iOrlando

macrumors 68000
Jul 20, 2008
1,811
1
It sounds like the rhetoric has changed and Cook is basically in charge now. Apple has never in the last decade or so said, "We don't want our products to be just for the rich." They have always marketed themselves on being a "premium brand". I wonder where they are going from here.

Apple has never thought of themselves as a "premium brand". We (consumers) associated Apple with a premium brand.
 

Jcoz

macrumors 6502
Mar 25, 2008
349
0
What rethoric?

Apple set out to make a different computer than PC's and succeeded after a long struggle.

The one time they wavered, they almost went bankrupt, actually proving in that process that it was correct not to compete with the el cheapo's of the PC computer world.

So far that concept has worked well for them, why should they abandon it now?

Just look at the resale value of many their items compared to PC stuff.

What is wrong with quality costing a little more?

So you think apple almost went bankrupt by selling low MSRP/low margin Macs?

Not exactly what I remember.
 

Ugg

macrumors 68000
Apr 7, 2003
1,992
16
Penryn
The expensive part of a smartphone at the moment is the contract, not the actual device.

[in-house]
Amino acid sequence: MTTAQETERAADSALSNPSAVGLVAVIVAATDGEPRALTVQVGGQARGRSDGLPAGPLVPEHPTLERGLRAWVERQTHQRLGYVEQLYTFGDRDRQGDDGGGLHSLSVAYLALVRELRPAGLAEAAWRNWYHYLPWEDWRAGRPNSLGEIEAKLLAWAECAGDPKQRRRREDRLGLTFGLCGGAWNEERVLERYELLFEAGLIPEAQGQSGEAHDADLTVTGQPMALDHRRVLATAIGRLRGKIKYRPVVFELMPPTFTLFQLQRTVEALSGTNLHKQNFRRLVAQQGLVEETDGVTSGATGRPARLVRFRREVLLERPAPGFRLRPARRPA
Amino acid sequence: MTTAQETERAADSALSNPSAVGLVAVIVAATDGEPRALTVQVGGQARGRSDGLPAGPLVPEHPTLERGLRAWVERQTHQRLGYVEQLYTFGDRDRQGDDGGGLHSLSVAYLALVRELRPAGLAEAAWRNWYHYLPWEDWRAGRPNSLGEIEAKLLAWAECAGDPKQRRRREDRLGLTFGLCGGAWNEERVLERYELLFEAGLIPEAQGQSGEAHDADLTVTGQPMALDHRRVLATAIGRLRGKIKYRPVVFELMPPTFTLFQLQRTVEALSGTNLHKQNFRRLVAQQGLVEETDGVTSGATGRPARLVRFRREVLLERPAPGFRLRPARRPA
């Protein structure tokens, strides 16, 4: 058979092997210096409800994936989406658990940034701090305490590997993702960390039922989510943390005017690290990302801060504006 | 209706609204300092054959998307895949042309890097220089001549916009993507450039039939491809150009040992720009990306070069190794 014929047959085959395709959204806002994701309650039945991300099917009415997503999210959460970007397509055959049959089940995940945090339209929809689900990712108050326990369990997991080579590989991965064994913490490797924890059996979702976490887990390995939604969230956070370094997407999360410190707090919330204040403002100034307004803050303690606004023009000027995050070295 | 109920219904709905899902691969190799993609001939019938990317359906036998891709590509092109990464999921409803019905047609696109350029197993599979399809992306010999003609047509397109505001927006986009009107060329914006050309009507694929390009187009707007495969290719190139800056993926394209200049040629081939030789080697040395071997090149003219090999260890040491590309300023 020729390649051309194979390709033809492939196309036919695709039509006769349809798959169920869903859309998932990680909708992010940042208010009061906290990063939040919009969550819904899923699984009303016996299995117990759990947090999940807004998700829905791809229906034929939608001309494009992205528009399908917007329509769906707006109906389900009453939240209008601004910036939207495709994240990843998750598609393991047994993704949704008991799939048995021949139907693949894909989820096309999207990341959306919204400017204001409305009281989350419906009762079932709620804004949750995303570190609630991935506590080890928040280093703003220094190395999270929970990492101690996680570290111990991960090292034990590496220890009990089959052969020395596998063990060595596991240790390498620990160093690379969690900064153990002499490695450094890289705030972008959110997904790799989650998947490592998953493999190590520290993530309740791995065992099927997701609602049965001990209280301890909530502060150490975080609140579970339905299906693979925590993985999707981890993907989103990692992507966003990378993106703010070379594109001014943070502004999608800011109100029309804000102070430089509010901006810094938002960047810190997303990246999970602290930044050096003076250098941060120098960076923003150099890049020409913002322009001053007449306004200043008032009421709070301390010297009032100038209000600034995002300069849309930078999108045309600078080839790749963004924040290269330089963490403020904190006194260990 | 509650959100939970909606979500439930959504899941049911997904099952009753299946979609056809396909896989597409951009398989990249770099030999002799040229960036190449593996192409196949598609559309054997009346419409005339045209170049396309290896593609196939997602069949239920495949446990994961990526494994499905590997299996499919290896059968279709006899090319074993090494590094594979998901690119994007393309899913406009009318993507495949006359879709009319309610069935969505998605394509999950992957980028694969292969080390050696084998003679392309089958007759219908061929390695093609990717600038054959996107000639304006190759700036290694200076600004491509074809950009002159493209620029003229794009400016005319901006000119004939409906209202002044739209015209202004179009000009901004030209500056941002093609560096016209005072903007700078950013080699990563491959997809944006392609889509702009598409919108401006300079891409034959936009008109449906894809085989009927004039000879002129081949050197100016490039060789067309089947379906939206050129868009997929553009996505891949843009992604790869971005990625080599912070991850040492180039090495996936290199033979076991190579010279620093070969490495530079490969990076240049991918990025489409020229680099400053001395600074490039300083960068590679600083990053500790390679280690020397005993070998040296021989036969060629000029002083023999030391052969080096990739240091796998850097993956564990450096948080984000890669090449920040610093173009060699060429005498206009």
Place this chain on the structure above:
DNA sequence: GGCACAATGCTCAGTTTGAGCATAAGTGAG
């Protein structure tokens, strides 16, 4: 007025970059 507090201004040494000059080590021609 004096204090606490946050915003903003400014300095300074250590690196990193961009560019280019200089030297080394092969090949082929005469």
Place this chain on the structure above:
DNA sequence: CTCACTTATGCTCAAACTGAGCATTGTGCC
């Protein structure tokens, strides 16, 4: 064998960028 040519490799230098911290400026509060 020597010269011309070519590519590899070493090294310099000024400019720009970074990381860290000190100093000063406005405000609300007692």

Sure a $99 unsubsidized device would be great, but until data prices come down, at least in the US, the impact is minimal.

Exactly. I'd love an iPhone but with my Virgin Mobile PAYG plan, I pay only $25 a month. Why would I want to spend more than three times that? I wouldn't mind shelling out $200 for a phone but see no point in paying for minutes, texts and data time that I will never use.
 

ten-oak-druid

macrumors 68000
Jan 11, 2010
1,980
0
More on the cannibalization of PC sales by tablets:

Tablets Eating PC Market Share With Some Fava Beans and a Nice Chianti
by John Paczkowski
All Things Digital
Posted on February 28, 2011 at 9:23 AM PT

"Driven by steep adoption rates and a proliferation of new devices, tablets will evolve into a $35 billion market by 2012, posting 171.8 percent year-over-year growth this year and 66.2 percent the next. That’s according to J.P. Morgan, which sees the tablet as a meaningful revenue opportunity for PC makers and an emerging threat, as well.

In 2010, the research outfit estimates, tablet-related cannibalization of PCs was about 18.9 percent. And in the next two years it will nearly double.

...